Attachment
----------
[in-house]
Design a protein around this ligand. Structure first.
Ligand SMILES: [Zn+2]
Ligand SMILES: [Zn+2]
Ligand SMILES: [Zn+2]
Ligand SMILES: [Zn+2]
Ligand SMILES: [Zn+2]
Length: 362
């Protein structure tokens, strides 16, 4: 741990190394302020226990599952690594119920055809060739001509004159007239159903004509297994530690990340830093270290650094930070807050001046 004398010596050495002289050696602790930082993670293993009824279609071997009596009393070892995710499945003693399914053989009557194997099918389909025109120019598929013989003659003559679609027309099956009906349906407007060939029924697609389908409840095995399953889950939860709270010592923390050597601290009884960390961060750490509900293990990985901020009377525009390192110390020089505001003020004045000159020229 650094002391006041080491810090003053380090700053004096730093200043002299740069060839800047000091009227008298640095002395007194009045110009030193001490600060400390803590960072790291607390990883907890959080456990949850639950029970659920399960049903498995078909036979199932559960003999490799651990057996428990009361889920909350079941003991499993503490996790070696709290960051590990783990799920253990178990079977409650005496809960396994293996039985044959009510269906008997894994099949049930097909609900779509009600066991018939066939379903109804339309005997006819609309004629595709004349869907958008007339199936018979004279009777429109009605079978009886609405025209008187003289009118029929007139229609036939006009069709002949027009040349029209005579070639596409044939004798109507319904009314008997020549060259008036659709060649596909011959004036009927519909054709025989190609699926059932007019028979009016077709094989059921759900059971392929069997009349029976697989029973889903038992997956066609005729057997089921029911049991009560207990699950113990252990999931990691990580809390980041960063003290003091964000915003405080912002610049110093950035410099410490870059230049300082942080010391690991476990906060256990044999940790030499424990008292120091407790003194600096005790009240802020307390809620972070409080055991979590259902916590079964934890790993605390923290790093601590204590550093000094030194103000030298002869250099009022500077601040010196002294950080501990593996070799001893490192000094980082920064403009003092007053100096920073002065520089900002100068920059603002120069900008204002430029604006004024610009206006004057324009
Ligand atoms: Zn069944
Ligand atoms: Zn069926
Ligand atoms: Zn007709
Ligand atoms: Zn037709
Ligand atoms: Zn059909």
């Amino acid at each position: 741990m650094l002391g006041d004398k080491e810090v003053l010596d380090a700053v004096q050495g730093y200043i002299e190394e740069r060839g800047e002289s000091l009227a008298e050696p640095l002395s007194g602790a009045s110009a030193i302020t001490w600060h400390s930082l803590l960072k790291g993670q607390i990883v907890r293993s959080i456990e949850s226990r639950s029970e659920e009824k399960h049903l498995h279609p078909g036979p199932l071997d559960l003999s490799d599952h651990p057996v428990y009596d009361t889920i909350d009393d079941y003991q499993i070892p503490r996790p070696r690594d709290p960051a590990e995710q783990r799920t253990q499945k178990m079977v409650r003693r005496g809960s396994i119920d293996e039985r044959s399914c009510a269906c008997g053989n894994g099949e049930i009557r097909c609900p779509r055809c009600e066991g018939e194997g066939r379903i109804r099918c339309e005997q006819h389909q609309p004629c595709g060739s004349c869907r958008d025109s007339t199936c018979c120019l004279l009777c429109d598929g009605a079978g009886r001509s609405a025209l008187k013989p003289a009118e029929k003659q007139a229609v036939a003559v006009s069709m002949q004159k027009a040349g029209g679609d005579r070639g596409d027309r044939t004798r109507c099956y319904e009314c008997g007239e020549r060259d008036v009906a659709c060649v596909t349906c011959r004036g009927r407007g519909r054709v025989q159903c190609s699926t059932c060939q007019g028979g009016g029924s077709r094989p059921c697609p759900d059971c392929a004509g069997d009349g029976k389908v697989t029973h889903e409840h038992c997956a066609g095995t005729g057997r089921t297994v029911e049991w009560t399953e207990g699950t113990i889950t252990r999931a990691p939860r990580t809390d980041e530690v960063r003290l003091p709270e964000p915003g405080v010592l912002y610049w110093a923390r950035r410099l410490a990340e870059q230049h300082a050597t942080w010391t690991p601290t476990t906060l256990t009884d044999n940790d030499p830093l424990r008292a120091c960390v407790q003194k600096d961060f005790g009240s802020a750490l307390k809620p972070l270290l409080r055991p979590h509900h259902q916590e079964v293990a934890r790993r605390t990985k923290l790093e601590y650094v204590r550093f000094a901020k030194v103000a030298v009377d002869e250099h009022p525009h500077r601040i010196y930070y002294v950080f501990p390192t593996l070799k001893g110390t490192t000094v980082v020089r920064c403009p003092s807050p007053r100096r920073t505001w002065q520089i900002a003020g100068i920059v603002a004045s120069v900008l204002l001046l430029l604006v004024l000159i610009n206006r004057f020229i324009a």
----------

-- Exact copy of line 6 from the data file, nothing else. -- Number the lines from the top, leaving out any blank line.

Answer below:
Ligand SMILES: [Zn+2]